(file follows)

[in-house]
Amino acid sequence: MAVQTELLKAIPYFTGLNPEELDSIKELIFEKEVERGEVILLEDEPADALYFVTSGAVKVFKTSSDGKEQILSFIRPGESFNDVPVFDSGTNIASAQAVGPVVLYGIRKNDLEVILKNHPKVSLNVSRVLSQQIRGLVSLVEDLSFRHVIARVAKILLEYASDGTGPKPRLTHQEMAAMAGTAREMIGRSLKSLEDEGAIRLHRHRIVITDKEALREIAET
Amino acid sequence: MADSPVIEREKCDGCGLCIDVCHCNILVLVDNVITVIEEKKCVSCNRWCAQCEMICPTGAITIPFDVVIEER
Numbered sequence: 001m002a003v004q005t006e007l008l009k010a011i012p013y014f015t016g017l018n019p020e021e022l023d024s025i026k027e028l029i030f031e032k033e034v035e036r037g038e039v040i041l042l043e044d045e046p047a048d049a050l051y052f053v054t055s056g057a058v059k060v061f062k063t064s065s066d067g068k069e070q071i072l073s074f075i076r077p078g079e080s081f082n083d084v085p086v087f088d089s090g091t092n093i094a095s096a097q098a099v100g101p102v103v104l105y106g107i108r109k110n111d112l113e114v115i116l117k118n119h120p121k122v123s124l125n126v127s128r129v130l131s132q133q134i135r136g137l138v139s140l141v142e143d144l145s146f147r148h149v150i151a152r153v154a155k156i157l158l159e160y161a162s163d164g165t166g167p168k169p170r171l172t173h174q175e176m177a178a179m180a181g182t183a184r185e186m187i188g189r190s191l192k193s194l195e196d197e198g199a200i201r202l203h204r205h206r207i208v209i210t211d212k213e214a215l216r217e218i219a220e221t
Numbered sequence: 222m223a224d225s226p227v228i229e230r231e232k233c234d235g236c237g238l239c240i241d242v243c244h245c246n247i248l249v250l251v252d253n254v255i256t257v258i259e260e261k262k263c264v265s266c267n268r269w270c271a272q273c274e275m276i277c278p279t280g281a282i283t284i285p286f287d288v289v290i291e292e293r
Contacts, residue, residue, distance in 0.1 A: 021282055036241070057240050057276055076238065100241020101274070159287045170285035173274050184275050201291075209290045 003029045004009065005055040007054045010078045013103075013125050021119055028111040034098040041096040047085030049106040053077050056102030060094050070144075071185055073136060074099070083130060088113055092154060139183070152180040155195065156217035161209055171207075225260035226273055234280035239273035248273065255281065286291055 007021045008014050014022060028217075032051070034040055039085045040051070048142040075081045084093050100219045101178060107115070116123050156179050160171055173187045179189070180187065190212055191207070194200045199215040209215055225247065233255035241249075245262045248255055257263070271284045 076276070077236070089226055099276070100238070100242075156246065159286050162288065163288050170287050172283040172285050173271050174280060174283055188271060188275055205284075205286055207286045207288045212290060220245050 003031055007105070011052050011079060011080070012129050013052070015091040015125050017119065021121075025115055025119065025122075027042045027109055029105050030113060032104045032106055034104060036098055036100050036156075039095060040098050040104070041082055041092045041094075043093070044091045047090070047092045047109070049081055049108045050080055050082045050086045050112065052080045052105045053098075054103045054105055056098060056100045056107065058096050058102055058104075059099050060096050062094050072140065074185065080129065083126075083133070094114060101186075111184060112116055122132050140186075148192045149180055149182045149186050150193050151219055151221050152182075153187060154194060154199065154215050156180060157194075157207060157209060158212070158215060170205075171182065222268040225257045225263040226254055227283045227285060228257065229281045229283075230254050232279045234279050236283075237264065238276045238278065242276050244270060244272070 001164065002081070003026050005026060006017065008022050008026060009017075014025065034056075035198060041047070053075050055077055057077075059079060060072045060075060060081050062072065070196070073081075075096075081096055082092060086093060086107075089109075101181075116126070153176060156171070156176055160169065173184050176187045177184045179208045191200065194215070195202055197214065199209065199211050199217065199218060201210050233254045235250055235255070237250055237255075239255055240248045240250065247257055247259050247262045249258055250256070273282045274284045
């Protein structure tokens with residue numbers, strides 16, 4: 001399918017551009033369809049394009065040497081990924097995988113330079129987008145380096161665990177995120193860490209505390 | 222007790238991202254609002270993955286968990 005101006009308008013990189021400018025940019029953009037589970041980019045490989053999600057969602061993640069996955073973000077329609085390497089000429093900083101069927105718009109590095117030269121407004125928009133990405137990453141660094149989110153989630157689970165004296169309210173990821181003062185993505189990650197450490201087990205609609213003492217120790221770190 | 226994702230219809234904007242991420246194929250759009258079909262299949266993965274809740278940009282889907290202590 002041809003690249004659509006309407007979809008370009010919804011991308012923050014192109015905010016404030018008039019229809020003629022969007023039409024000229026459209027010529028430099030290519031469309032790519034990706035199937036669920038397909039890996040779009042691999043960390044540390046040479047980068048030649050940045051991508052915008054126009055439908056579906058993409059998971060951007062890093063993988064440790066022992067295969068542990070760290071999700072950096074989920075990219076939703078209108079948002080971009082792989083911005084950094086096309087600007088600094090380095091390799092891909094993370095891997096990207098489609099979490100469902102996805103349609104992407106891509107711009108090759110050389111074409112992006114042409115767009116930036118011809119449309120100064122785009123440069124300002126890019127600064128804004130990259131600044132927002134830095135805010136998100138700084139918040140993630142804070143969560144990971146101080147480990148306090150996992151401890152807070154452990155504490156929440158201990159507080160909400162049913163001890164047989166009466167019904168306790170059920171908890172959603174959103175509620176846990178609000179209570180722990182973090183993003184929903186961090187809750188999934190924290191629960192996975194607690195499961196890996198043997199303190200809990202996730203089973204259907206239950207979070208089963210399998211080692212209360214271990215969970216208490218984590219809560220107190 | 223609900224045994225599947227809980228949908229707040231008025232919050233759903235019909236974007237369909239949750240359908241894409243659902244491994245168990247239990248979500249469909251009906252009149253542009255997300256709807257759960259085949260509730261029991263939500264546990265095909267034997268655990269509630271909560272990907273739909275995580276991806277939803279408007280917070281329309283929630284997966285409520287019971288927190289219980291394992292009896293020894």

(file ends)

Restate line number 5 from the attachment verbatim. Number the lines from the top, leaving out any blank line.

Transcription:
Numbered sequence: 222m223a224d225s226p227v228i229e230r231e232k233c234d235g236c237g238l239c240i241d242v243c244h245c246n247i248l249v250l251v252d253n254v255i256t257v258i259e260e261k262k263c264v265s266c267n268r269w270c271a272q273c274e275m276i277c278p279t280g281a282i283t284i285p286f287d288v289v290i291e292e293r